Fast forward to today, having lived on The Shire for 1 year and 2 1/2 months, I can honestly say, learning to bathe without a shower, without a hot water heater, without a proper bathroom, without a bathtub has been the hardest adjustment of all. It is even more difficult than having no lights at night.

In fact, it is so difficult to bathe, we often just forget or choose not to do it. Johnny informed me this morning that my last bath was Sunday, FIVE days ago. After spending my entire day in town yesterday at doctor's offices getting my ultrasound scan, I think I probably should bathe today. But the reality is, it takes too long to prepare the bath, and I have to bake bread today, which also takes half the day. So either I bathe, or I cook and feed the kids.

Now our current situation, we do not have an actual bathroom. The room we use to splash ourselves clean is also our laundry washing room and is usually full of kids washing their clothes.

We want to build a bathroom with a cement tub outside of the barn. It will have a kuni burner which is a metal water tank that has a fire pit under it. The fire will heat the water for the bath. Have you ever heard the phrase, "Don't throw the baby out with the bath water?" Well, that is going to apply to us. One bath will bathe a number of people. Grownups, then kids or vise versa... That is life when one is conserving water. Still, having a bath is going to be so much better than pouring a cup over one's head! Plus, I hope to use it during baby Brook's arrival this December.

Here's the link to our campaign where you can help!

http://igg.me/at/darkages

 

 


Solar Panels Needed

Part of our Out of the Dark Ages fund raising campaign is increasing our solar power for The Prancing Pony (the barn which is currently serving as our home.) Currently our setup just does not give us enough juice, and we would like to add to it.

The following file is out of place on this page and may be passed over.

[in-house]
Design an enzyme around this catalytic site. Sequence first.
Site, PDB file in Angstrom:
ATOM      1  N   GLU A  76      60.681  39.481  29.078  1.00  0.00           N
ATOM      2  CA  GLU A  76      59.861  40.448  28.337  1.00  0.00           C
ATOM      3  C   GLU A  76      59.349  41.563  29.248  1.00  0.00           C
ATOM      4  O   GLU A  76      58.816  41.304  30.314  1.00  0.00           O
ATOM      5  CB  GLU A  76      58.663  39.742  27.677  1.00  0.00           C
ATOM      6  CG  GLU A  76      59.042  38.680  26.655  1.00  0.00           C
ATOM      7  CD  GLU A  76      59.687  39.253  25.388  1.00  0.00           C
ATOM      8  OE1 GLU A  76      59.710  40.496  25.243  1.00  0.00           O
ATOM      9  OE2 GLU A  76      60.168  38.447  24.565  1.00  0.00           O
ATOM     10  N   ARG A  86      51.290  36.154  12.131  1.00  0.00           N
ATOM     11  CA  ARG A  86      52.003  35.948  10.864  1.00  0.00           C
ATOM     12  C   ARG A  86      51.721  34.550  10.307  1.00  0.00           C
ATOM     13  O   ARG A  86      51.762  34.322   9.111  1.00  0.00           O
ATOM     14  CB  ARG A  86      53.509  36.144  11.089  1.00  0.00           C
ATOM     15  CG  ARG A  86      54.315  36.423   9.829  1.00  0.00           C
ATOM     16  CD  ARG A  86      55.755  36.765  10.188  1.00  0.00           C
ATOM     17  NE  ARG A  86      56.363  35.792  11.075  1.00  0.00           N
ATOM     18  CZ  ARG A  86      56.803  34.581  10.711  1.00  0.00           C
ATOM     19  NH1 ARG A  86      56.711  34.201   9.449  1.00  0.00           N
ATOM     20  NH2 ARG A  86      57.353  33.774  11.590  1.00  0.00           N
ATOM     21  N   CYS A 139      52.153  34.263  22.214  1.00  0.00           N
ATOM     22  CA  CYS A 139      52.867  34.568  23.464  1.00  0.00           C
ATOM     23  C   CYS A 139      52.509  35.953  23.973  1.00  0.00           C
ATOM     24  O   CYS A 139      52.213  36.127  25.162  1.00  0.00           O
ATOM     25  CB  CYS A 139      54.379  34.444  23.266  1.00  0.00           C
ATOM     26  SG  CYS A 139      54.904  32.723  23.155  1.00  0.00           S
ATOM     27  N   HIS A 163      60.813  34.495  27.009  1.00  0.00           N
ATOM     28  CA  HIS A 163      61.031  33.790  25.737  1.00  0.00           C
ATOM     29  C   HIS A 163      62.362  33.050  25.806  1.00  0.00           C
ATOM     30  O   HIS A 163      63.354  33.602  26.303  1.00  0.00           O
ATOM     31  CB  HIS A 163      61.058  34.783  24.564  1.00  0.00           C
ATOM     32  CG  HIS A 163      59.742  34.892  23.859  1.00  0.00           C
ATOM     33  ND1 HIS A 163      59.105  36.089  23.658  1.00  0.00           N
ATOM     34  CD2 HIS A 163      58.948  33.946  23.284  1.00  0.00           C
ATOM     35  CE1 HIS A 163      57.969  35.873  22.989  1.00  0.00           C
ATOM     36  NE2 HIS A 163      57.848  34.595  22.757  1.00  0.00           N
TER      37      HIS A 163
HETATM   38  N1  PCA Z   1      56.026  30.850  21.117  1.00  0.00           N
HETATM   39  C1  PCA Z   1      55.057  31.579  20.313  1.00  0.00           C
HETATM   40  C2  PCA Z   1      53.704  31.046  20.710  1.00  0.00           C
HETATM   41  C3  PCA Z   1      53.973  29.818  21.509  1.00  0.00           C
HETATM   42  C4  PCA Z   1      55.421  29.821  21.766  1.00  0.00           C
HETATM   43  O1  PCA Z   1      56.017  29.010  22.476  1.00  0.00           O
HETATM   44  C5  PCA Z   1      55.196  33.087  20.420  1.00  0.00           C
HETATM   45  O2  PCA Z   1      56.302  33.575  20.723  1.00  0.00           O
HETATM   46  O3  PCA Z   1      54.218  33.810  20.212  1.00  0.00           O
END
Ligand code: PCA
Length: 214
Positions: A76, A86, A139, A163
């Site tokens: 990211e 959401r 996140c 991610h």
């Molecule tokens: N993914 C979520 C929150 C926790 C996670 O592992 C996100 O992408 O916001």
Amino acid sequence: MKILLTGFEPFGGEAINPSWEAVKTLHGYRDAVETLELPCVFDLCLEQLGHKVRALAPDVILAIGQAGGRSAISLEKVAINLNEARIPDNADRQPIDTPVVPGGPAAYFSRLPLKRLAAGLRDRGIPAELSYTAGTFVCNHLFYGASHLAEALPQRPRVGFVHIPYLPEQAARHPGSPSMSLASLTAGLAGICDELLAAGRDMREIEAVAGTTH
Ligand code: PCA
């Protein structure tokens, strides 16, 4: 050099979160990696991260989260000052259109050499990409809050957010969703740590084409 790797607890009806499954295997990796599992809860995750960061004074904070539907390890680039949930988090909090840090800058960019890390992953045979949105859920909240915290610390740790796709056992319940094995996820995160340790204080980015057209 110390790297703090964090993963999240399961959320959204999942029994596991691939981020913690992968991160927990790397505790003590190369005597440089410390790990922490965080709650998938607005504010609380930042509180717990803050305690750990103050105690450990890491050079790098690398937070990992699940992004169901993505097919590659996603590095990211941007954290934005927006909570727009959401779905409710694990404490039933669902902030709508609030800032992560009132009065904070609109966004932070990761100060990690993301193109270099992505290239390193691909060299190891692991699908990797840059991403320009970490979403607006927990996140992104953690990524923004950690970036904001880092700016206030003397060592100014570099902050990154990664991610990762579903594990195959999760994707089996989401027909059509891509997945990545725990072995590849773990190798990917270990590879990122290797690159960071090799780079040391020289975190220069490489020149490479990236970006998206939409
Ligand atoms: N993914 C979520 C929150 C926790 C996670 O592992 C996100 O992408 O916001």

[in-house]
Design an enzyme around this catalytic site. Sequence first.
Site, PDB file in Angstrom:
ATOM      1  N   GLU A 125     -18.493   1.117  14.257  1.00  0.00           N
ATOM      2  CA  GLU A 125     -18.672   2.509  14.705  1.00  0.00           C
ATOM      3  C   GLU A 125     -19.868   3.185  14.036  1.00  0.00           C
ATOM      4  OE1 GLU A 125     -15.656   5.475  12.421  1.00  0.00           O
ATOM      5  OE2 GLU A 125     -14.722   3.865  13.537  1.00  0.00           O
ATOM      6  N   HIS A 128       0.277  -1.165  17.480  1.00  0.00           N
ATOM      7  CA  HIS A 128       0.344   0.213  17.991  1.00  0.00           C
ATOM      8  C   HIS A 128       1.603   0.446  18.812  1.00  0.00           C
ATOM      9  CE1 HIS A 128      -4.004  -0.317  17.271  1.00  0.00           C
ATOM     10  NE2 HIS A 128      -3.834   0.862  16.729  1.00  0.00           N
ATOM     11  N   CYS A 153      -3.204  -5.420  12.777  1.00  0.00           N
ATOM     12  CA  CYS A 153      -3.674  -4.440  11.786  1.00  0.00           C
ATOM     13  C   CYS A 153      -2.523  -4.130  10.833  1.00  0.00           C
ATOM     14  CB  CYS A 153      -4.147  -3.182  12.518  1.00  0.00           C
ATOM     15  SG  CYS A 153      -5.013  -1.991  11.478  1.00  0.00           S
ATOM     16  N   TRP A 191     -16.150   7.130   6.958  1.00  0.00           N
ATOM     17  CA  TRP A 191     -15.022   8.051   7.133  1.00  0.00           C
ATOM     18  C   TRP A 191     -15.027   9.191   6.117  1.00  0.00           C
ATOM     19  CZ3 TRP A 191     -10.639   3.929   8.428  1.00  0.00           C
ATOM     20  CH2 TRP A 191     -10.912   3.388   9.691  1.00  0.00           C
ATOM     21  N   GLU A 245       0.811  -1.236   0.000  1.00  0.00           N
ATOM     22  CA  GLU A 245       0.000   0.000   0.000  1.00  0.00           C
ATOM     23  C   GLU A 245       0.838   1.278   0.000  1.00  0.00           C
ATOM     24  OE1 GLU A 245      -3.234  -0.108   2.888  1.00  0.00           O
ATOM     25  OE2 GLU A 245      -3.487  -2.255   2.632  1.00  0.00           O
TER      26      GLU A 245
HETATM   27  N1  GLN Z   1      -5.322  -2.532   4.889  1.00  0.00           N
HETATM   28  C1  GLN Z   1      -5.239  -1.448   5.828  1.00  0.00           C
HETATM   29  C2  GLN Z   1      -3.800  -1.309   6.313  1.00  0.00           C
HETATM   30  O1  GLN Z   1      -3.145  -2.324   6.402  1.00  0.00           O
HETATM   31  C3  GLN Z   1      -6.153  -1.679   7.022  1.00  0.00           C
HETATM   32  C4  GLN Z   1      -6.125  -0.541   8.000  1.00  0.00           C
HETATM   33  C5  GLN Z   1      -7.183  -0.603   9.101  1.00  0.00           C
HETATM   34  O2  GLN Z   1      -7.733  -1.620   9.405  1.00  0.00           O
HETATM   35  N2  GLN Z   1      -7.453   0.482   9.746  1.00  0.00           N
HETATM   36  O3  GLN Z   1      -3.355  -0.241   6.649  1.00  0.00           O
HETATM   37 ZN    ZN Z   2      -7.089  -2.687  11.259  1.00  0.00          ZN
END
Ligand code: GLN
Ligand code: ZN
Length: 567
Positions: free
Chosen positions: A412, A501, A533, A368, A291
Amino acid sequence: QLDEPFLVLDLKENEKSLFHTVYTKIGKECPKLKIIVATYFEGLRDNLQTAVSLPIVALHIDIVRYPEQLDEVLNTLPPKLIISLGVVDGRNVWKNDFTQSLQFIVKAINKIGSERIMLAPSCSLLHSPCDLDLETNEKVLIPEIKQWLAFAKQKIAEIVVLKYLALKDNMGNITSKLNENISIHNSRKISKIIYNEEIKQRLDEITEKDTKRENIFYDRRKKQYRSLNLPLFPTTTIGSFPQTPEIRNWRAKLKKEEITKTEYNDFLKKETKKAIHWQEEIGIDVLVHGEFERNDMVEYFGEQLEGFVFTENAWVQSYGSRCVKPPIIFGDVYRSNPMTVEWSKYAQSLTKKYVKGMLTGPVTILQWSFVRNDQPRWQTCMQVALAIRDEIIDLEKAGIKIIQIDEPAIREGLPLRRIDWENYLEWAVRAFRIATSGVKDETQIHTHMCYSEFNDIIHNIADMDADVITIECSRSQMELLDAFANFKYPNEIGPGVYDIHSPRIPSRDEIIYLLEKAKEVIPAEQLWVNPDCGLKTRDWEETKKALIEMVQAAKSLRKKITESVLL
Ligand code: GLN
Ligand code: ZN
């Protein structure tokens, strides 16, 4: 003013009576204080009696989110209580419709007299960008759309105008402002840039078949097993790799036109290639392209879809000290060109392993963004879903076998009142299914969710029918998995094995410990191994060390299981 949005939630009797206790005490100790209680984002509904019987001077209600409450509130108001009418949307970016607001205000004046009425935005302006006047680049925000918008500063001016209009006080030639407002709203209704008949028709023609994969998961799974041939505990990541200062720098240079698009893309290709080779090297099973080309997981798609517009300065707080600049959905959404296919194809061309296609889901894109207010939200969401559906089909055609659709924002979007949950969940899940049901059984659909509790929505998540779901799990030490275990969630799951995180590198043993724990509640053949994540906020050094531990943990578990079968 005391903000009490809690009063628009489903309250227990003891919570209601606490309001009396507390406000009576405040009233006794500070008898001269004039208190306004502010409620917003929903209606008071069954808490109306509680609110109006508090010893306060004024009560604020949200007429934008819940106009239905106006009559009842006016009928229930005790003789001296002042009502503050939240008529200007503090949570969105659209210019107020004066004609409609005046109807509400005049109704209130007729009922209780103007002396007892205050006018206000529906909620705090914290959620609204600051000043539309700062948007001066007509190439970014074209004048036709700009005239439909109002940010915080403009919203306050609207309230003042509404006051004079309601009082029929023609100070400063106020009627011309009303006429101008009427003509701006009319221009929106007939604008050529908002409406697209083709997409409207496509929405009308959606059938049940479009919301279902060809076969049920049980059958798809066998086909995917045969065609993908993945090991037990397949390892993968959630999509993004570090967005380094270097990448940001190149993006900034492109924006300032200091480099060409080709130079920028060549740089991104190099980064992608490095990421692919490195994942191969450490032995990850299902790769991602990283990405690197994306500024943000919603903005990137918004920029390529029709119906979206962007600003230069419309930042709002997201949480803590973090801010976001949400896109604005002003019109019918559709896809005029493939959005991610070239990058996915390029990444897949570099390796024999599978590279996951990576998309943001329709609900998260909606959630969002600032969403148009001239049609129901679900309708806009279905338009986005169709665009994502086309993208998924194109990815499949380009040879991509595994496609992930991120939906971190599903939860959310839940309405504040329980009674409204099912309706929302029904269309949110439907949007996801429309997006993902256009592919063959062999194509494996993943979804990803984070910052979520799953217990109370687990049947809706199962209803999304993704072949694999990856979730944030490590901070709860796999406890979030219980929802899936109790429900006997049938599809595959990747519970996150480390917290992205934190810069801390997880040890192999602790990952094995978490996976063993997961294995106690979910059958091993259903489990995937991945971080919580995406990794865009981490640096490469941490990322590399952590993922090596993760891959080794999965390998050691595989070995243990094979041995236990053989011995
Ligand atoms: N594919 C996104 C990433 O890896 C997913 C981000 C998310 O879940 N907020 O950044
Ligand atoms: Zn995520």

When we moved off grid, not because we hate electricity but there is simply no connection here, we decided to go the solar route. Kate nor I had any clue to how the whole energy from the sun thing worked, but we know how to use Google, and now have a rudimentary understanding. Unfortunately our lack of experience led us to buy a set up that was just too small for our needs. However my computer experience led us to purchase a setup that was up gradable. So we can add panels and batteries. 

The girls, and us two boys, would be grateful if you could help us to double our solar energy setup. The girls mostly because they could have light in the wee hours of the morning as they prepare for school. Imagine being a teenage girl who cannot see her face in the mirror before heading off to school. Shudder.

Follow this link to participate in the fund raiser, and spread the word to your friends, relatives, and groups.

Out of the Dark Ages

 

 


Out of the Dark Ages

The results of our poll are in and the fundraising campaign is now named Out of the Dark Ages. As of last night (Kenyan time) the campaign is live. You, and all your friends, can now contribute and help us come Out of the Dark Ages.

Here is the link:

Out of the Dark Ages

If you follow the link above you can get all the details on the campaign. There is also now a box on the right hand side of this blog with the campaign.